Street Life - Samotechny Lane: Russia's new pay-per-class state schools

SAMOTECHNY LANE was suddenly noisy early last Wednesday with the chattering sound of crocodiles of children processing into school. For them, the first day back is a gentle re-entry, as they waste the morning at a bell-ringing ceremony, then give flowers to the teachers and play until home time.

In some provincial towns, this year as last, unpaid teachers rejected the traditions of the "Day of Knowledge" and went on strike. But the Mayor of Moscow, Yuri Luzhkov, makes a point of paying state sector wages on time, and teachers in the capital are not as unhappy as their country cousins.

Talking to friends, I had the impression that parents were the ones who really dreaded the new term. "Pay, pay and pay again, that's what we have to do," said Sveta, for whom the last days of August were torture as she struggled to get her 11-year-old son, Fedya, ready for school again.

A few private schools now exist in Russia. The overwhelming majority of parents, however, still send their children to state schools. "The only trouble is," said Sveta, "that we now have to pay for so much that we might as well be educating our kids privately." First she went to a bazaar in the Olym-pic stadium to buy books and atlases, which in Soviet times the school would have provided. "The queue stretched right round the stadium," she said. "I stood there with Fedya for an hour. When we got to the counter, the customers and assistants were so harassed they were throwing books at each other."

Then she took on the crowds in Detsky Mir (Children's World), the department store only slightly less forbidding than the secret police headquarters next door. In an hour, she spent what her husband, an engineer, officially earns in a month (the equivalent of pounds 37.50) on trousers and a jacket.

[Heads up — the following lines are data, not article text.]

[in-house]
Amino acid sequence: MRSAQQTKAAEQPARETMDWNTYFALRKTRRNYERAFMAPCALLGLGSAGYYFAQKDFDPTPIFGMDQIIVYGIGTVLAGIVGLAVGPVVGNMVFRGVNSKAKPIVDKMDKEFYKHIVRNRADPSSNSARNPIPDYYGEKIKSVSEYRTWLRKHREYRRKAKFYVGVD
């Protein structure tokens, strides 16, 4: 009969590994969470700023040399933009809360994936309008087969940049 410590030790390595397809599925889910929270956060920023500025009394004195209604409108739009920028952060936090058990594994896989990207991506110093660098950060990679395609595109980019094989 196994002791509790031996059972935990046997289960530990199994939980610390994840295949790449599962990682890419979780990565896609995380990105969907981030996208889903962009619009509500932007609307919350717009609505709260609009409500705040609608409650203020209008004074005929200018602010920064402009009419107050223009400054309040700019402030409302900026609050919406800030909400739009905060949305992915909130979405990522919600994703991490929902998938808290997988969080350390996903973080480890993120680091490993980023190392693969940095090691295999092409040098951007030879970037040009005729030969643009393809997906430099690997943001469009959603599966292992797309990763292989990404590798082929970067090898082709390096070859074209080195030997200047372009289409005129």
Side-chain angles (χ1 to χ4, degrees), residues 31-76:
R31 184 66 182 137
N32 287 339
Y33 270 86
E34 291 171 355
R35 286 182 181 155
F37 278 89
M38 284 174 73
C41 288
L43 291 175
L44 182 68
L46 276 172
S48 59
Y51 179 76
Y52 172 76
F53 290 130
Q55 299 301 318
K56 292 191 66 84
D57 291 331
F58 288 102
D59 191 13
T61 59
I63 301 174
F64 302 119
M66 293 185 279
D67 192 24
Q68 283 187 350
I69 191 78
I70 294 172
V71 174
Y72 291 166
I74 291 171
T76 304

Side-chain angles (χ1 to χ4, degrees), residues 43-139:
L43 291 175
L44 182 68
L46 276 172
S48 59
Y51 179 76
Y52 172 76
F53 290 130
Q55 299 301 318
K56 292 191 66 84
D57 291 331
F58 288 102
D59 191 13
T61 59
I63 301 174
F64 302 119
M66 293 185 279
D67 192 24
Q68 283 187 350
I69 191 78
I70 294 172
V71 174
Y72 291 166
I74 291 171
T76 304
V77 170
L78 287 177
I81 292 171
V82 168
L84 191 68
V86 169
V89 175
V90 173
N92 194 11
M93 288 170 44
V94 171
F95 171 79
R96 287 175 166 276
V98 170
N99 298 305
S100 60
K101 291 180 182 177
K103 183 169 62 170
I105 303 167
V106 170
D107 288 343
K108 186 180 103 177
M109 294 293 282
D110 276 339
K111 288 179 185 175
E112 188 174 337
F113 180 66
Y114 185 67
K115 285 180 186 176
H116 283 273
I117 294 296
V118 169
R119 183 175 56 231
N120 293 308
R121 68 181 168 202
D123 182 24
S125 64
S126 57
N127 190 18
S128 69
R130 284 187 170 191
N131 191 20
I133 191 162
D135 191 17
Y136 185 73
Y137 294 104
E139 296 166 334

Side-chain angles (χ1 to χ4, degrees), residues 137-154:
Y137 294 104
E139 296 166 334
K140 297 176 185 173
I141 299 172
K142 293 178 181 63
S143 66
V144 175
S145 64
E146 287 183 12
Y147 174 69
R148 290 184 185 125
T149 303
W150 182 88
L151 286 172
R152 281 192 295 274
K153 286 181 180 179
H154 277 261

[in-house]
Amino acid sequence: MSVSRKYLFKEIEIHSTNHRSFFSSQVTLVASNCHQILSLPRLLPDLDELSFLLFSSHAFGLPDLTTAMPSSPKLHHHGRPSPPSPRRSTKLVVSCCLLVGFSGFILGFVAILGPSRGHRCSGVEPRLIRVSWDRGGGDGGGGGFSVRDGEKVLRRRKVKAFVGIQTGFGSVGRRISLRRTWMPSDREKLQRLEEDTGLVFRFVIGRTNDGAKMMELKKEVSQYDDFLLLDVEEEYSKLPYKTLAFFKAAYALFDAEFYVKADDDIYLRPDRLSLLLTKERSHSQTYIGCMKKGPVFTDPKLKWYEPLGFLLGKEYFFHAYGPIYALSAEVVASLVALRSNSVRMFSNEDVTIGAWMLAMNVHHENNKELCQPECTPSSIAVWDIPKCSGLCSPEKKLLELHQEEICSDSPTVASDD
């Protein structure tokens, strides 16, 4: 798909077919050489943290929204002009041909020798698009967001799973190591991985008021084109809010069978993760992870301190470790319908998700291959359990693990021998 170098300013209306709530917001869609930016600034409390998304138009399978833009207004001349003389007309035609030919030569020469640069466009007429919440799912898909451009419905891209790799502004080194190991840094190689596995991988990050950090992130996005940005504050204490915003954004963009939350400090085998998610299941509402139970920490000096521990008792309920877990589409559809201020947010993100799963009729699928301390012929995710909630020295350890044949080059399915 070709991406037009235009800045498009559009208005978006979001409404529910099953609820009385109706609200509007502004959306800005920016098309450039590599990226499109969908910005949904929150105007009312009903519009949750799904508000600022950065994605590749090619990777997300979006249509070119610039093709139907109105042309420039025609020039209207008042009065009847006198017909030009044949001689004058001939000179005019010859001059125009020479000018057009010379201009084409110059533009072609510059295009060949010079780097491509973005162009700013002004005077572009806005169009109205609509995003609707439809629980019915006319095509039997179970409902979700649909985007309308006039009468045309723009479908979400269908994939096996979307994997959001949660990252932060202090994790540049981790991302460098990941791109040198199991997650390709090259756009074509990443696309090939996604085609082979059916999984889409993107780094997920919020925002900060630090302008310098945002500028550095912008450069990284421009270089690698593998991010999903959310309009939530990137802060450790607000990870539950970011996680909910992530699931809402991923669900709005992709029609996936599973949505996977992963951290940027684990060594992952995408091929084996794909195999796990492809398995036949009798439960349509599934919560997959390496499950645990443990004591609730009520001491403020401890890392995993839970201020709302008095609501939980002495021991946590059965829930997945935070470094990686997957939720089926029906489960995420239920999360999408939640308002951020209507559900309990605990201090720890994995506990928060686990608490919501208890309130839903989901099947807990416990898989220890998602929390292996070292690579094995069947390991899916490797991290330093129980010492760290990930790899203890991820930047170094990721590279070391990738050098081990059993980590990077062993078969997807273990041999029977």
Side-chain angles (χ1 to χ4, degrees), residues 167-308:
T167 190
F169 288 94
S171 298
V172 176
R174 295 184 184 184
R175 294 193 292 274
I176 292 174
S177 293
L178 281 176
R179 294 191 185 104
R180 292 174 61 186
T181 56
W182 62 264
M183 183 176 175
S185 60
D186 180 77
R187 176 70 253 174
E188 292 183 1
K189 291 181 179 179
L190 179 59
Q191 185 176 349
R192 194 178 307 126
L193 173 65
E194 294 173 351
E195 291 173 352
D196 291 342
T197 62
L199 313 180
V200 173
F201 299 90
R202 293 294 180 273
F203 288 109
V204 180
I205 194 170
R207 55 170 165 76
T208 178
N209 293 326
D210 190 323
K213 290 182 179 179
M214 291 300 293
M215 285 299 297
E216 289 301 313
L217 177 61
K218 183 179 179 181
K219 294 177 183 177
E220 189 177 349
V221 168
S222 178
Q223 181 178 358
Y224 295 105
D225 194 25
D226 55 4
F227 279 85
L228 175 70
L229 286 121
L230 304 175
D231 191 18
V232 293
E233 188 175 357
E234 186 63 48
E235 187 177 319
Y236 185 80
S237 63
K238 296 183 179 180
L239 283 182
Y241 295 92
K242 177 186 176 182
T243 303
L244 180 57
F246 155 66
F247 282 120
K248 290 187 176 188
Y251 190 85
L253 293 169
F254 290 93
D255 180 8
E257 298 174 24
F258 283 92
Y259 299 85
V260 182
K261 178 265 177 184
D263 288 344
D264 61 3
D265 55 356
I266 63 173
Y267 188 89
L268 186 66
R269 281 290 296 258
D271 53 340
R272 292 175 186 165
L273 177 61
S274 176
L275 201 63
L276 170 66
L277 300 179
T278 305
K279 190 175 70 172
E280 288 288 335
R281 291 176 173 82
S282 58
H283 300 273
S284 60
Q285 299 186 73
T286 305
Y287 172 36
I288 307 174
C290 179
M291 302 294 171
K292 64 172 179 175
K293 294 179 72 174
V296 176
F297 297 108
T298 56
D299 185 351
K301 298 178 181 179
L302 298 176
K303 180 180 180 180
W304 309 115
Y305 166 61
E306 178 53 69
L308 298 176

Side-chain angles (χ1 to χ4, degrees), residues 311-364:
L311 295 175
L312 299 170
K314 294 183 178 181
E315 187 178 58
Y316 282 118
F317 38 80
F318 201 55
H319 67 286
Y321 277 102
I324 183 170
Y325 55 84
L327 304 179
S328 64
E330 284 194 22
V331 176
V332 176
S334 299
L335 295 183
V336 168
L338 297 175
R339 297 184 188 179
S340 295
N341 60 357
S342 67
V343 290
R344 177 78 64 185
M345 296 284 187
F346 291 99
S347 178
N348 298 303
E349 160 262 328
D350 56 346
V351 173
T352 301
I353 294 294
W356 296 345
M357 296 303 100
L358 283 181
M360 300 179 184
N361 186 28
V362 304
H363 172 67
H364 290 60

Fedya hates the return to school, as it coincides with his birthday and there is never enough money left for a present. Luckily, he had a foreign sponsor to buy him a battery-operated, crawling plastic hand made in Taiwan. "How can you waste money on such junk?" Sveta scolded me.

In some schools, not only equipment but also tuition now costs money. Teachers, whose official earnings average 800 roubles (pounds 20) a month, have taken to giving extra private lessons, without which the child cannot hope to succeed.

Another friend, Pavel, said he slipped $50 (pounds 32) a month to a state school teacher last year so his boy could study English. "Nobody gets paid properly. So the traffic cop earns on the side, so that he can pay the teacher, so that she can pay the doctor. And everyone evades tax."

On Tuesday afternoon Fyodor Maskayev, headmaster of Moscow's Middle School Number 174, sat in his study, enjoying the last moments of quiet before the first bell. At his school, he assured me, the poor could still count on a decent education for their children. All compulsory subjects were taught free, although he admitted that pupils over 16 might have to pay for extra coaching to reach college.

Mr Maskayev said basic textbooks were handed out, although parents were expected to buy other books that might be recommended.

This term, Russian children will also have a new civics textbook. It explains why, if a society wants schools with good facilities and motivated teachers, the first lesson citizens must learn is the importance of paying tax.

Start your day with The Independent, sign up for daily news emails
Have you tried new the Independent Digital Edition apps?
ebooks
ebooksA special investigation by Andy McSmith
Latest stories from i100